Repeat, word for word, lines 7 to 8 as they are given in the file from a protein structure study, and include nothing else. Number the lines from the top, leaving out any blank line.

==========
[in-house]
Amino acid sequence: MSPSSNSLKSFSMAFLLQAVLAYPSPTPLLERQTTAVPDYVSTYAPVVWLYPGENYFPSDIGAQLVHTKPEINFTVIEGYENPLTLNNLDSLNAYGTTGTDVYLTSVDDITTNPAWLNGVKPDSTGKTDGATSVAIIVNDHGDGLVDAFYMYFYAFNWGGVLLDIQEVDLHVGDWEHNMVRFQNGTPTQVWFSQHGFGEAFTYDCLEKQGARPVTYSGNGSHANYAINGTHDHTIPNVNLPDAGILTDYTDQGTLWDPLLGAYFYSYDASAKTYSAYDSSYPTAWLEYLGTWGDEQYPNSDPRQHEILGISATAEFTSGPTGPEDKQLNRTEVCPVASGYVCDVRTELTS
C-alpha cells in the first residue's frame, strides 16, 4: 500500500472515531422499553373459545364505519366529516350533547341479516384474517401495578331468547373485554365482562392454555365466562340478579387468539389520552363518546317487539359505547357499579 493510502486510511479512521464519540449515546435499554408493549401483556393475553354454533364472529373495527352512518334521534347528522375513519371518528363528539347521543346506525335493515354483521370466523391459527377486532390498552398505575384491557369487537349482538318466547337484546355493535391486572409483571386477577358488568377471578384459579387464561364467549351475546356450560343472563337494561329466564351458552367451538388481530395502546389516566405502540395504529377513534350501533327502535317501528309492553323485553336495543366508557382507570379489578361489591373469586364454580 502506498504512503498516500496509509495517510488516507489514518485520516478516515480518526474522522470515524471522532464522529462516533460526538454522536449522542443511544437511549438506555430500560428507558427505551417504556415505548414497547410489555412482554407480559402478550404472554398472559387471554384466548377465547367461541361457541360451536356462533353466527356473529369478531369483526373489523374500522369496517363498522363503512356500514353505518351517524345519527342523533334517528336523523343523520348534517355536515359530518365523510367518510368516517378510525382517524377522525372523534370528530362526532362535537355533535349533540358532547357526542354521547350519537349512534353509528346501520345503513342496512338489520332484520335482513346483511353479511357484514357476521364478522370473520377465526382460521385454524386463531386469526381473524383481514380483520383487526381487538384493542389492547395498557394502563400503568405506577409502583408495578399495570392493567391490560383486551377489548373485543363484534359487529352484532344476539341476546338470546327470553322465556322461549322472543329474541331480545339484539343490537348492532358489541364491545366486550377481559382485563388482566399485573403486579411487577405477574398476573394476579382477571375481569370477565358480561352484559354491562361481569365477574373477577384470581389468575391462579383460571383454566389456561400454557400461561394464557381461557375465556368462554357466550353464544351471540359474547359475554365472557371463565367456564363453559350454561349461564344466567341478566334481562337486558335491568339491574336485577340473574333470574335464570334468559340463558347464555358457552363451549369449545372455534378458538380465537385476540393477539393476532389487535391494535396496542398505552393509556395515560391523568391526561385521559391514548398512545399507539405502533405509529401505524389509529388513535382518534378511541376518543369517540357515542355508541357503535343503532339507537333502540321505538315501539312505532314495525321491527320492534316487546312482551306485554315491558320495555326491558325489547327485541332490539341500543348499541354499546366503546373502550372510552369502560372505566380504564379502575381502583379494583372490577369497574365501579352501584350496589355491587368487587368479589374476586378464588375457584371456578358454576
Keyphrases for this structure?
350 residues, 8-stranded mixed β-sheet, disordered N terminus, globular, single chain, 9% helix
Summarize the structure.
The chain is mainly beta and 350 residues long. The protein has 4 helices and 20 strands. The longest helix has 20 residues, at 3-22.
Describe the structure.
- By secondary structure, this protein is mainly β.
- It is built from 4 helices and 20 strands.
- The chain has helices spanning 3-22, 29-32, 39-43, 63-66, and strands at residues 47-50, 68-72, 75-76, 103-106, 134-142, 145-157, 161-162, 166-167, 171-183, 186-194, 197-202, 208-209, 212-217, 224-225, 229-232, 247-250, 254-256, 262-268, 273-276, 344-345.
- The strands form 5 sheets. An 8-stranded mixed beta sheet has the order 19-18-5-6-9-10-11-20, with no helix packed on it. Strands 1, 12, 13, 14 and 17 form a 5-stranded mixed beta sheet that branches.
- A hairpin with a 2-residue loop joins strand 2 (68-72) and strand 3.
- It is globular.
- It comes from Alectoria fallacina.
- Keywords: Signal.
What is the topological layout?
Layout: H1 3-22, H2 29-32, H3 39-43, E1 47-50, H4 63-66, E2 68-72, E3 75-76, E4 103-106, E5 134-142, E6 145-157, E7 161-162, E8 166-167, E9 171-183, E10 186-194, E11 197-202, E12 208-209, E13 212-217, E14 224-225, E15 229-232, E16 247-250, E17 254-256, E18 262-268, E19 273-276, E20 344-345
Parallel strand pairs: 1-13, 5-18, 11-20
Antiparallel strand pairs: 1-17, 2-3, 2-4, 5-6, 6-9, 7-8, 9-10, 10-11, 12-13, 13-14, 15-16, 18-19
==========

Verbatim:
The chain is mainly beta and 350 residues long. The protein has 4 helices and 20 strands. The longest helix has 20 residues, at 3-22.
Describe the structure.